written by Todd DePastino

Western Union Telegram informing William “Bill” Patton's family of his death

VBC member Scott Patton recently passed along this piece of family lore about his great-uncle, Army Private William “Bill” Patton, who was reported killed in action in the Battle of the Meuse-Argonne on November 7, 1918.

As the family mourned in their hometown of Venetia, PA, indications that Bill was still alive began trickling in from overseas.

Friends had spotted him alive and well in France on occupation duty. Then, a letter from Bill dated December 29 arrived in late January. Over two months later, the government confirmed the mistake with a telegram stating that Bill was still alive. Bill finally returned and home was discharged from the Army in August.

Above is the telegram the family received in December 1918 reporting Bill’s death. Below is the second telegram received in April 1919, retracting the first.

Western Union Telegram informing William “Bill” Patton's family he is not dead - confusion caused by the fog of war

Some newspapers also reported on Bill’s death and, with great exaggeration, on his miraculous return home to the shock of his family.

Newspaper article of WWI soldier William Patton's death "Venetia Soldier Dies of Wounds"

Newspaper article about William Patton's death notice mix up thanks to the fog of war

Newspaper article about WWI soldier William Patton's death notice mix up thanks to the fog of war

Finally, Scott sent a transcription of a letter Bill’s brother Walter sent when he heard Bill was still alive. “We all mourned you dead,” he said flatly. “They had everything planned for a memorial service . . .  but this will spoil it.”

Walter also states that a buddy of Bill’s named Gaucher was also falsely reported killed in action. Such mixups must have been tragically common.

Note that evidence points to two sources of the confusion. First, Bill had apparently lost his “identification disk”—dog tag. The disk was picked up by another man who was then killed in the Argonne Forest. Graves Registration found Bill’s ID on the dead soldier and misidentified the KIA.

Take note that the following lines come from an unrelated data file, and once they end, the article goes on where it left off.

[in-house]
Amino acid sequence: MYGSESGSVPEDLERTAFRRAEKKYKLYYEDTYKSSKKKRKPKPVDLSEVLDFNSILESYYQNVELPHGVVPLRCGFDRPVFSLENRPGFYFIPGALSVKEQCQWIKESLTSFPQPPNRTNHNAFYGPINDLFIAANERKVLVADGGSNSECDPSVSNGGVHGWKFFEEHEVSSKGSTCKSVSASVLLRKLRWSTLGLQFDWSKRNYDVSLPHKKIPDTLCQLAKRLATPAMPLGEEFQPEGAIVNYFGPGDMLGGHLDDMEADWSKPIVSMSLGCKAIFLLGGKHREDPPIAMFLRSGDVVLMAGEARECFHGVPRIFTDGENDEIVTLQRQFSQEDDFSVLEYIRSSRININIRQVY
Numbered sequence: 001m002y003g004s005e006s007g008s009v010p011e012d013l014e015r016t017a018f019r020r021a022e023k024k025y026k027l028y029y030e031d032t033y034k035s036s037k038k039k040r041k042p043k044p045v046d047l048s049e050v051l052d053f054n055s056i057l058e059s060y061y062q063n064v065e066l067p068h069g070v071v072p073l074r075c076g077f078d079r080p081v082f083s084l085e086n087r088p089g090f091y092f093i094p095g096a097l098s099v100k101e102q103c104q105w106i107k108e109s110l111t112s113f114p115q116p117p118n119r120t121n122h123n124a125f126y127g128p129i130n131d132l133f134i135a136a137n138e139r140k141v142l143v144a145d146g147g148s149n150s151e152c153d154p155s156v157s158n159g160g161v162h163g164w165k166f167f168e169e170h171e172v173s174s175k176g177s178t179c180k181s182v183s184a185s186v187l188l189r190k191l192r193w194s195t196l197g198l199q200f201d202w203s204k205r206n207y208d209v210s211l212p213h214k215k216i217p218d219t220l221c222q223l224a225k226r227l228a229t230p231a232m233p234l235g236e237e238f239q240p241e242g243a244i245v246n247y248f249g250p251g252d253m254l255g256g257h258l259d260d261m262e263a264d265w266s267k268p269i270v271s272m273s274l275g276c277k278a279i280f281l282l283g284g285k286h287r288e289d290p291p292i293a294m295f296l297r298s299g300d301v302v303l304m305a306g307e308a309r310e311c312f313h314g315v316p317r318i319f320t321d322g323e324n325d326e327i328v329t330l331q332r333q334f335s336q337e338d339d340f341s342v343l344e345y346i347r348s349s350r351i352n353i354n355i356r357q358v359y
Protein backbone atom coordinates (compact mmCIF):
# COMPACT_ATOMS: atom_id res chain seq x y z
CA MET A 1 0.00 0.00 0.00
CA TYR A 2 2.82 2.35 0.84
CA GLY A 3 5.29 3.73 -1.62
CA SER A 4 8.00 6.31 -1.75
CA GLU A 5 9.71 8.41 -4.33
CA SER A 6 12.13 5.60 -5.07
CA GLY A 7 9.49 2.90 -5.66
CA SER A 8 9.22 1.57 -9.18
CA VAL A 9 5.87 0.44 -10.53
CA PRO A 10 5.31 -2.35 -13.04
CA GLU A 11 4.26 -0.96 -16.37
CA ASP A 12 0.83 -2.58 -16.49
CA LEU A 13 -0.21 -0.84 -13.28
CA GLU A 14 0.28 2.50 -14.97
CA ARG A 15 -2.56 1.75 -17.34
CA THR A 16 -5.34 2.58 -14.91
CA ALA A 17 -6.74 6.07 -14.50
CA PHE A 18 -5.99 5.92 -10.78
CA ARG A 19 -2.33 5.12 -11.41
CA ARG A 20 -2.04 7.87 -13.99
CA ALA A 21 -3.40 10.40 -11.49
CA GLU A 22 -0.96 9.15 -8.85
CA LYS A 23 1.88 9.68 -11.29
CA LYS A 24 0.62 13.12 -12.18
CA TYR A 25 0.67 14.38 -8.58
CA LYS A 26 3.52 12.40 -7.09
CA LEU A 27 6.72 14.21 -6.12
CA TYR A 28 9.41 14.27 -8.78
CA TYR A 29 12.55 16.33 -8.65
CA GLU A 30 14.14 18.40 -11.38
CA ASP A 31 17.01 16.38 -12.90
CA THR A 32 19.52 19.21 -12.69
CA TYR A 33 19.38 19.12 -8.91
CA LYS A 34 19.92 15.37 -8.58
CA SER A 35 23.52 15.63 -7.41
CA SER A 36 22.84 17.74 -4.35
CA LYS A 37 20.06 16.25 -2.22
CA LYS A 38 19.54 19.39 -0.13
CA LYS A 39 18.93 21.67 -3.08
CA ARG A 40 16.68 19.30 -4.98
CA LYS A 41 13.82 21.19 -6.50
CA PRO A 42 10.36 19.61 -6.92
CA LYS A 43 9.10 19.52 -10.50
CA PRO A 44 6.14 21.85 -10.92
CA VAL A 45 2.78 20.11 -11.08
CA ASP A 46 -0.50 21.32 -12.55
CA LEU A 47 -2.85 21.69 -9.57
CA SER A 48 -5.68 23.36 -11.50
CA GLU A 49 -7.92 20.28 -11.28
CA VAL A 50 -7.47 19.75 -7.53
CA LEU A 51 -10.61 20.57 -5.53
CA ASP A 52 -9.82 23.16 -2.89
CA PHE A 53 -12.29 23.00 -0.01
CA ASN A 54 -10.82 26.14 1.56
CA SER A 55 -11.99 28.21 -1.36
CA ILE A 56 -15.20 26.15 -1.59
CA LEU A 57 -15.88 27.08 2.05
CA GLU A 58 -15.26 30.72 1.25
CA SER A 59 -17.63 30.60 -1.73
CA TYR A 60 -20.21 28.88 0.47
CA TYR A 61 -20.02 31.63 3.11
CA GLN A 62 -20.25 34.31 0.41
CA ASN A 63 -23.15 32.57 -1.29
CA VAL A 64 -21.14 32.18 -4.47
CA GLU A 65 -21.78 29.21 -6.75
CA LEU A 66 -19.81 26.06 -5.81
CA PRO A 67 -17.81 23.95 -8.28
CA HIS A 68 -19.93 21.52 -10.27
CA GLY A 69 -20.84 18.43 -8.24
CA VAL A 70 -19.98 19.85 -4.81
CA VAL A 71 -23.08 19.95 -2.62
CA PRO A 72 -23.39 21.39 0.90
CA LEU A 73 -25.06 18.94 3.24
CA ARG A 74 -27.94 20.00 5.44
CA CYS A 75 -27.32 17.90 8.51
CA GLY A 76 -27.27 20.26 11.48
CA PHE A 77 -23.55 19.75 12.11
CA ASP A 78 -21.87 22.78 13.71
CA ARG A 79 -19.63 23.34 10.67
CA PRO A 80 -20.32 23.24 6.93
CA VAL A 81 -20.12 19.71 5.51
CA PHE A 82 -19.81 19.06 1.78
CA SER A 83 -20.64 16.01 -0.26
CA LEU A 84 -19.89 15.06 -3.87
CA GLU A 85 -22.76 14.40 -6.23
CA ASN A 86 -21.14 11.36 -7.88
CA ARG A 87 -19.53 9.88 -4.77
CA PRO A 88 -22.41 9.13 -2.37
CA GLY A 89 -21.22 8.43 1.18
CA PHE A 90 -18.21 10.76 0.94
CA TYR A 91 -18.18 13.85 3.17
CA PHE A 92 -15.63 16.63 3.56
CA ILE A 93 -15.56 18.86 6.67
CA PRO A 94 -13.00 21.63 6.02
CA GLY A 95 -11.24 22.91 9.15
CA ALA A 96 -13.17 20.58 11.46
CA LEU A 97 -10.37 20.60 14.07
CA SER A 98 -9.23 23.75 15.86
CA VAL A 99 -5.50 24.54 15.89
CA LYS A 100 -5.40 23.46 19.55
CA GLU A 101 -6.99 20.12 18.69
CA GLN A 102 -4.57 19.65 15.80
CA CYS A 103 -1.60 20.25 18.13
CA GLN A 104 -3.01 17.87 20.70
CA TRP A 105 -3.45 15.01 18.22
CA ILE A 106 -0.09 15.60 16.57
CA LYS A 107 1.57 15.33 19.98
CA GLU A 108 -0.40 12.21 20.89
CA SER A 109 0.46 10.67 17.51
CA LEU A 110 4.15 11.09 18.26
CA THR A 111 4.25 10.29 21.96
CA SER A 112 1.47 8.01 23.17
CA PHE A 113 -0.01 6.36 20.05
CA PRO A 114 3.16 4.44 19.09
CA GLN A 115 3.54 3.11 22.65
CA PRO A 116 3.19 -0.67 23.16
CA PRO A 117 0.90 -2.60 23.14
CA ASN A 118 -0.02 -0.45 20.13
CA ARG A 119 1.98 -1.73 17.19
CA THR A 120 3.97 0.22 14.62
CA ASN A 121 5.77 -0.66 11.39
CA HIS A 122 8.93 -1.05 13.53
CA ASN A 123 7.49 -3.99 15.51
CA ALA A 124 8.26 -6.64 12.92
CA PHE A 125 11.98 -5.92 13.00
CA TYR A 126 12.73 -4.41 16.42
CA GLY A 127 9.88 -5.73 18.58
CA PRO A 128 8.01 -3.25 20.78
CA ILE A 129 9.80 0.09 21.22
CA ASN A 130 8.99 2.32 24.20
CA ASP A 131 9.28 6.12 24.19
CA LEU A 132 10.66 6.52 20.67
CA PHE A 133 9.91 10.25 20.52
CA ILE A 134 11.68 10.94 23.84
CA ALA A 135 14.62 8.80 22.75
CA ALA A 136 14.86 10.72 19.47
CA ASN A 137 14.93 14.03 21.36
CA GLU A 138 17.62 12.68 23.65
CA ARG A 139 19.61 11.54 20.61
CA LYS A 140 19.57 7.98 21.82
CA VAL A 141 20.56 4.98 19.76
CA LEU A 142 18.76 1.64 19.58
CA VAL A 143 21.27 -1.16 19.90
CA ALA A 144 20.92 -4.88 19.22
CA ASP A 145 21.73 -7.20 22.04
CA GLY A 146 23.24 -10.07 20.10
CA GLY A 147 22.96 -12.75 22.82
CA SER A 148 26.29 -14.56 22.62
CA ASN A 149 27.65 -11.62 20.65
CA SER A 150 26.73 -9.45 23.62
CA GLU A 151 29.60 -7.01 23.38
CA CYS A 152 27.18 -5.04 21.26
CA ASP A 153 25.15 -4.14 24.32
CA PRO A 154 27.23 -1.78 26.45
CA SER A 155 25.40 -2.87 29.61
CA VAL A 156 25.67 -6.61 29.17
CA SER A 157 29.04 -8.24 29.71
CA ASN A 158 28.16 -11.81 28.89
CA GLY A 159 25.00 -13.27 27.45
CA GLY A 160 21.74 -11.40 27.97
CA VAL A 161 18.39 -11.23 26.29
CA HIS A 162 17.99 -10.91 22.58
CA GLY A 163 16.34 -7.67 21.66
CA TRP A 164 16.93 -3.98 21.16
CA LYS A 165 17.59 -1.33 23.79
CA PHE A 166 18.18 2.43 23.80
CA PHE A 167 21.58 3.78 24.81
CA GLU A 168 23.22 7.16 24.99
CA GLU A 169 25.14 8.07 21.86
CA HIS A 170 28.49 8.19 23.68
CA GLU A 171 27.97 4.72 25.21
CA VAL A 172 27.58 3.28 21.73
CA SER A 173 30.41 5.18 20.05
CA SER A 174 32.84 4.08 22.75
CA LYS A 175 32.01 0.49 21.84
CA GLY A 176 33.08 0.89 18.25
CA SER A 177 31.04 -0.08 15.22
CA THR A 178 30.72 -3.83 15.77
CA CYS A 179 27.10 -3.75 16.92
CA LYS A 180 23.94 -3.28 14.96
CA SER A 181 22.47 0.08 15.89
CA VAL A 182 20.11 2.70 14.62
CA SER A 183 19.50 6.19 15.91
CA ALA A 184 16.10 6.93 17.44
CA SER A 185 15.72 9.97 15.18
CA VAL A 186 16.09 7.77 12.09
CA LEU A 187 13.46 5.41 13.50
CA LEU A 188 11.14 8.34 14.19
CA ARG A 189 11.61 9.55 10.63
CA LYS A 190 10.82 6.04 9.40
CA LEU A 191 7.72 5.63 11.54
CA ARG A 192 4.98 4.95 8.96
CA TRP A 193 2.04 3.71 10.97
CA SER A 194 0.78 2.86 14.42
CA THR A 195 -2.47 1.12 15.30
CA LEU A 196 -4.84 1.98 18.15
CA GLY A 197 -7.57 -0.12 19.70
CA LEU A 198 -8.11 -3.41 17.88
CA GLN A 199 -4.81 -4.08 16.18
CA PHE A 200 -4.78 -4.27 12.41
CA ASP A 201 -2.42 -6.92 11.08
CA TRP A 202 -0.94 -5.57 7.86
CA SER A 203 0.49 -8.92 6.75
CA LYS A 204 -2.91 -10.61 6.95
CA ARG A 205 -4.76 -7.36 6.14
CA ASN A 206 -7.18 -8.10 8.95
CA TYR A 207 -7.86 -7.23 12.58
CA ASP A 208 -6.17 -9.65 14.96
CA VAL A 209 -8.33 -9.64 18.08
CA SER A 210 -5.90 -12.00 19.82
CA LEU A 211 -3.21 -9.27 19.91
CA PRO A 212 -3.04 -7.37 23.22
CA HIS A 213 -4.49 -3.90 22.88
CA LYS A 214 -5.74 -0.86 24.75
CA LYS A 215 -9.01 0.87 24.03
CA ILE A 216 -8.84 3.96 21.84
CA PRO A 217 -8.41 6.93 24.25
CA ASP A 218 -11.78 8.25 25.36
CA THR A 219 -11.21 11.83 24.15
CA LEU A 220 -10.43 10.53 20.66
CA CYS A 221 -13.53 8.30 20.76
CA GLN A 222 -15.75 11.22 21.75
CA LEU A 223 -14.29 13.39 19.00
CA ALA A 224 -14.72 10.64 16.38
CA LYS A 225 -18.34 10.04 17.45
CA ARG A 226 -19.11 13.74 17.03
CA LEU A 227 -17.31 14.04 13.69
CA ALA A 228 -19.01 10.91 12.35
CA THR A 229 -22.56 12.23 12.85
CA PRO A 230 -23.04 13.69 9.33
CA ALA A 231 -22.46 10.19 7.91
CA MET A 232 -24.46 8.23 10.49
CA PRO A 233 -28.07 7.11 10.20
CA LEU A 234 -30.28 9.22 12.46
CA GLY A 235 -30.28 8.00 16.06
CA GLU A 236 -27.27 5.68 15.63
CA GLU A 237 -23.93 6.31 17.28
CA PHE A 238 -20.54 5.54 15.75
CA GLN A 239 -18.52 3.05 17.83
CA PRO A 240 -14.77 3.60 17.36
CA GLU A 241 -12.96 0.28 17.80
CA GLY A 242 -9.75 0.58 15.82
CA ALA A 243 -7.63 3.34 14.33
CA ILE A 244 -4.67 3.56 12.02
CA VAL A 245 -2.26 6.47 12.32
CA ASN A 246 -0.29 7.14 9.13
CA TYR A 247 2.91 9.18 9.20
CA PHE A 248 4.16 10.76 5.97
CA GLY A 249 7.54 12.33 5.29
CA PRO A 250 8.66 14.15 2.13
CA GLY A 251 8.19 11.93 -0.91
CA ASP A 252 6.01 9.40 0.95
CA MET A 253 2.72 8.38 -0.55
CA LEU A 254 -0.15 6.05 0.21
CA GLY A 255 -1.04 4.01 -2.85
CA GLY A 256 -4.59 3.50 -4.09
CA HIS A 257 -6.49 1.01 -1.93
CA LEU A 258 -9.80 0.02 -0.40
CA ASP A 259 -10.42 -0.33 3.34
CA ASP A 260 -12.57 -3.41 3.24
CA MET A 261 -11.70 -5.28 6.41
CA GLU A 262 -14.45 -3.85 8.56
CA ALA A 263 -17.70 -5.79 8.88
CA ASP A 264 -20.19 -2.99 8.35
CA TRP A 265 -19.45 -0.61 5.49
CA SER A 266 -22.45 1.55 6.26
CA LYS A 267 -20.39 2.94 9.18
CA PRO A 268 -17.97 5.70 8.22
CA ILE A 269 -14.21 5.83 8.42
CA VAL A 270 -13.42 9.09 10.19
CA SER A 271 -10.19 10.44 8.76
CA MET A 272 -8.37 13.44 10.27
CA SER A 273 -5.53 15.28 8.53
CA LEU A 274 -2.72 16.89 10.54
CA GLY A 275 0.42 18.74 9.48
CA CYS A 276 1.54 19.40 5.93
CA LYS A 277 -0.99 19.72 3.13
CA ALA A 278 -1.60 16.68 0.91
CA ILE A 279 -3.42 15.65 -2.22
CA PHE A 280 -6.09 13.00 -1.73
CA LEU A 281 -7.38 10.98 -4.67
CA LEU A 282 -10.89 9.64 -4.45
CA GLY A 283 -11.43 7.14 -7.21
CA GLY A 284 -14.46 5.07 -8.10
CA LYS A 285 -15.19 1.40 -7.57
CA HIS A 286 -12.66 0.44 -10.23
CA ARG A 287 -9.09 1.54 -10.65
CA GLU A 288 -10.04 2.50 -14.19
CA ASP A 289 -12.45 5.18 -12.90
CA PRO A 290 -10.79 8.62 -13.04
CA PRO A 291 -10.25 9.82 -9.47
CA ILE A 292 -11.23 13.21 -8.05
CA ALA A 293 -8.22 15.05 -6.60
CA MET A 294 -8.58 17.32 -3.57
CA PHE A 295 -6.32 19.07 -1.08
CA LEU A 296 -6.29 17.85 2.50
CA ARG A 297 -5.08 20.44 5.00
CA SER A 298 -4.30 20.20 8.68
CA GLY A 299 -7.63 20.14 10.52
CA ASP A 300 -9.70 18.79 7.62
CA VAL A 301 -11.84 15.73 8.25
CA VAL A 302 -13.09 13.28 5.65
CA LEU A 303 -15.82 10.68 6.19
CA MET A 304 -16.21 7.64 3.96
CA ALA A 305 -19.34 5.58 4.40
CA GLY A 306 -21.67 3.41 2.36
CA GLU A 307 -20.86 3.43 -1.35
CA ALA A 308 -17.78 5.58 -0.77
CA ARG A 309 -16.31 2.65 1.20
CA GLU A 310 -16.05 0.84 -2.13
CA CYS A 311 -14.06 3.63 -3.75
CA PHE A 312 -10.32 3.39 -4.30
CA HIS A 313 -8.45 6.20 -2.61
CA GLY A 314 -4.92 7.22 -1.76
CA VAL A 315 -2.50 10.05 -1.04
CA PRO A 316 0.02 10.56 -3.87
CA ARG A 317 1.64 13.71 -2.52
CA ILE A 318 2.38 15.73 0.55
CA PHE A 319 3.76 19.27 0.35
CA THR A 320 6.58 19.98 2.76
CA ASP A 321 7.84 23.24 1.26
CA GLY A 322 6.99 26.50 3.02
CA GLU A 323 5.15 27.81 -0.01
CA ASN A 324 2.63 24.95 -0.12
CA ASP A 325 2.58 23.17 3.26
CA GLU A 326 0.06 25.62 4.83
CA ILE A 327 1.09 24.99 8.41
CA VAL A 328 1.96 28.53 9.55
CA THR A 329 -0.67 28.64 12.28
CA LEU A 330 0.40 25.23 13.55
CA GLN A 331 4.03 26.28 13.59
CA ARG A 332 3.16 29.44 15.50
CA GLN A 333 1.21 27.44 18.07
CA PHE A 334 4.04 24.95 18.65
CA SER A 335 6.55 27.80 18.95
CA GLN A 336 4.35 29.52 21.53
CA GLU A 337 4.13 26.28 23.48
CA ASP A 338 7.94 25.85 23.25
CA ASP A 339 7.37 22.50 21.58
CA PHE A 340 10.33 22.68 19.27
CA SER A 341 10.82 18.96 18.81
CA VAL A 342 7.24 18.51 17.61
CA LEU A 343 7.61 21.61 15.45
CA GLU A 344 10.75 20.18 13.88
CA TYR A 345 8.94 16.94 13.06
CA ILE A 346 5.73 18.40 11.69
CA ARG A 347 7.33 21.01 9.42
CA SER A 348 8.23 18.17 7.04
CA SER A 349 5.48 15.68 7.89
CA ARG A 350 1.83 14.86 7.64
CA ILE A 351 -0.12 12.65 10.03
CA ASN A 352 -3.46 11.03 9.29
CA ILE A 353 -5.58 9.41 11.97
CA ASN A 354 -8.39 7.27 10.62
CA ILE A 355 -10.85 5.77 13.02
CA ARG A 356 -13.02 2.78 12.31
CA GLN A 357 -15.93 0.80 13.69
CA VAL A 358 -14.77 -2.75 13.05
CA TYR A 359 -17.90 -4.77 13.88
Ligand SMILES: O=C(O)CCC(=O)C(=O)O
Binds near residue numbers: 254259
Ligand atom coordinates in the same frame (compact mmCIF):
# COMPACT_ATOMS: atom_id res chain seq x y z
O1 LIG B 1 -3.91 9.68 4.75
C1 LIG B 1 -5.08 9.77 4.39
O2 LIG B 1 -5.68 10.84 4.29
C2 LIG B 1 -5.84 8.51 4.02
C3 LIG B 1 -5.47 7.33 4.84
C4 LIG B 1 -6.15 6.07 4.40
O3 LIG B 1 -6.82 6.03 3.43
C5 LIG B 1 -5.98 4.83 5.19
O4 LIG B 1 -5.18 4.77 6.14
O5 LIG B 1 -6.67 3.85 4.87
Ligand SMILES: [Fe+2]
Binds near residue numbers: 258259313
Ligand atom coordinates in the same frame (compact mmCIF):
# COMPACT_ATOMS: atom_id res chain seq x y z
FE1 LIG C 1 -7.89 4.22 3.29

Second, another William R. Patten—spelled with an “e” instead of “o”—had died and been confused with Bill.

Either way, the episode illustrates how the fog of war often reaches back to the homefront where families can only hope and pray for the best.

Dear Brother Bill-

We certainly got fine news from you yesterday. We had all mourned you dead. We got an official telegram from the government December 21 stating that you were severely wounded on November 7. Then on Christmas Eve we got another telegram telling us that you had died on November 9.

Then last night Ethel, Bob, Earl and myself all got letters from you, written on your birthday December 29th stating that you was safe on the Rhine in Germany. It was quite a relief! Well Bill, we thought all kinds of things about you- we could hardly give you up but we had not had a letter from you since October so you see that made us worry.  How that did change last night! Earl and I went over home and I tell you it was quite a change from Christmas. We did get a little consolation though last week when Anna Messner got a letter from one of your friends, Lewis Lucas and in it he said you was alright.

Pap was down at Pittsburgh yesterday at Park View Hospital and seen one of your old pals that was wounded over there. He was also reported to his mother as being killed. His name was Gaucher. He said he was wounded October 4 but is alright now.

They had everything planned for a memorial service at the high school for you but this will spoil it.

Well Bill- McMurray’s telephone line was kept busy spreading the good news last night.

Our area has been hit hard. Very few boys who left here have not been either killed or wounded or gassed. Bobby Jones, Arthur Hansen and Ziggy have been killed.

Well Bill we are all well. I just got started to work this month. I was off two months with a broken wrist cranking my machine. None of us here have had the flu but Earl’s family all had, Mary the worst. She was awful bad. They thought she wouldn’t get over it. Earl and I are working down back of McKeesport now at a country mine cutting and loading so we are not doing so bad but since the war stopped a lot of the mines shut down already. Earl and I are batching down at the mine so when you come home you can come down and get a good square meal for you know we are both some cooks. We come home every Saturday.

Well Bill, I can’t get my mind on this writing for thinking of you. You can imagine what we had to go through. I am sending a piece we had put in all the papers. Try to save it for me as I would like to keep it.

I will write again in a few days. Try and take care of yourself for we are expecting you home soon.

Your Brother, Walter